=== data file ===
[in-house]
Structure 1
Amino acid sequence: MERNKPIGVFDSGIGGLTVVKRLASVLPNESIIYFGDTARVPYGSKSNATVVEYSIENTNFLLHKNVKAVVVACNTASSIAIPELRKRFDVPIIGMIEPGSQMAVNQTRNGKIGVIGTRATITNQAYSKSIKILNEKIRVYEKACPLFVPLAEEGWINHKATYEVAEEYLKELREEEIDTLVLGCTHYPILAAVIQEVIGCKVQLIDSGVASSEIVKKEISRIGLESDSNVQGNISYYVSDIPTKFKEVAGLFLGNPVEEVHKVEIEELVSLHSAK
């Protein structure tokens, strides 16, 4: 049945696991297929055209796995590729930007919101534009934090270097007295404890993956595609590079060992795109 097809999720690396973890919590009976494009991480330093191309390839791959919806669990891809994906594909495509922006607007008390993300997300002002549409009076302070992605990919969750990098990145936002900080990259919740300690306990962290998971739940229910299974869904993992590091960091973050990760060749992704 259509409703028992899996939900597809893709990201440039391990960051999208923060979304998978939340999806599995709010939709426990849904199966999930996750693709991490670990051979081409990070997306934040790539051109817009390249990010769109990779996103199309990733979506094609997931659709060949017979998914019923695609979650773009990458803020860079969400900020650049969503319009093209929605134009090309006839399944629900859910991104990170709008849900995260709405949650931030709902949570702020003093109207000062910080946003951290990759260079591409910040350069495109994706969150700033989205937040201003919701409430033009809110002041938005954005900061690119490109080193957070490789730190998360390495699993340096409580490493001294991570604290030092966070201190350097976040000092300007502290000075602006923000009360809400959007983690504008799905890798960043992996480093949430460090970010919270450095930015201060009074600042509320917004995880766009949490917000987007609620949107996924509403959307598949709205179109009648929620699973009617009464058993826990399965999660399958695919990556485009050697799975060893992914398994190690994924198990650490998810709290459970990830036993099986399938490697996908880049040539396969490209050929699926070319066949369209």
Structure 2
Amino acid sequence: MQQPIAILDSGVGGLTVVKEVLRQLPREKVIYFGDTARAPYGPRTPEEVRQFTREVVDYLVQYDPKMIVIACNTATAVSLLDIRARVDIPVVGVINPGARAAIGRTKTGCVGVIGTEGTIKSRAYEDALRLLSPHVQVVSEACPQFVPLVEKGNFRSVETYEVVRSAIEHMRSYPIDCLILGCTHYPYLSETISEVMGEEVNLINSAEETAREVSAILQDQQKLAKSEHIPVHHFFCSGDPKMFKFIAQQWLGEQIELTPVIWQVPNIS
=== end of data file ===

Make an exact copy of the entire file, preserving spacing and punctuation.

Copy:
[in-house]
Structure 1
Amino acid sequence: MERNKPIGVFDSGIGGLTVVKRLASVLPNESIIYFGDTARVPYGSKSNATVVEYSIENTNFLLHKNVKAVVVACNTASSIAIPELRKRFDVPIIGMIEPGSQMAVNQTRNGKIGVIGTRATITNQAYSKSIKILNEKIRVYEKACPLFVPLAEEGWINHKATYEVAEEYLKELREEEIDTLVLGCTHYPILAAVIQEVIGCKVQLIDSGVASSEIVKKEISRIGLESDSNVQGNISYYVSDIPTKFKEVAGLFLGNPVEEVHKVEIEELVSLHSAK
């Protein structure tokens, strides 16, 4: 049945696991297929055209796995590729930007919101534009934090270097007295404890993956595609590079060992795109 097809999720690396973890919590009976494009991480330093191309390839791959919806669990891809994906594909495509922006607007008390993300997300002002549409009076302070992605990919969750990098990145936002900080990259919740300690306990962290998971739940229910299974869904993992590091960091973050990760060749992704 259509409703028992899996939900597809893709990201440039391990960051999208923060979304998978939340999806599995709010939709426990849904199966999930996750693709991490670990051979081409990070997306934040790539051109817009390249990010769109990779996103199309990733979506094609997931659709060949017979998914019923695609979650773009990458803020860079969400900020650049969503319009093209929605134009090309006839399944629900859910991104990170709008849900995260709405949650931030709902949570702020003093109207000062910080946003951290990759260079591409910040350069495109994706969150700033989205937040201003919701409430033009809110002041938005954005900061690119490109080193957070490789730190998360390495699993340096409580490493001294991570604290030092966070201190350097976040000092300007502290000075602006923000009360809400959007983690504008799905890798960043992996480093949430460090970010919270450095930015201060009074600042509320917004995880766009949490917000987007609620949107996924509403959307598949709205179109009648929620699973009617009464058993826990399965999660399958695919990556485009050697799975060893992914398994190690994924198990650490998810709290459970990830036993099986399938490697996908880049040539396969490209050929699926070319066949369209």
Structure 2
Amino acid sequence: MQQPIAILDSGVGGLTVVKEVLRQLPREKVIYFGDTARAPYGPRTPEEVRQFTREVVDYLVQYDPKMIVIACNTATAVSLLDIRARVDIPVVGVINPGARAAIGRTKTGCVGVIGTEGTIKSRAYEDALRLLSPHVQVVSEACPQFVPLVEKGNFRSVETYEVVRSAIEHMRSYPIDCLILGCTHYPYLSETISEVMGEEVNLINSAEETAREVSAILQDQQKLAKSEHIPVHHFFCSGDPKMFKFIAQQWLGEQIELTPVIWQVPNIS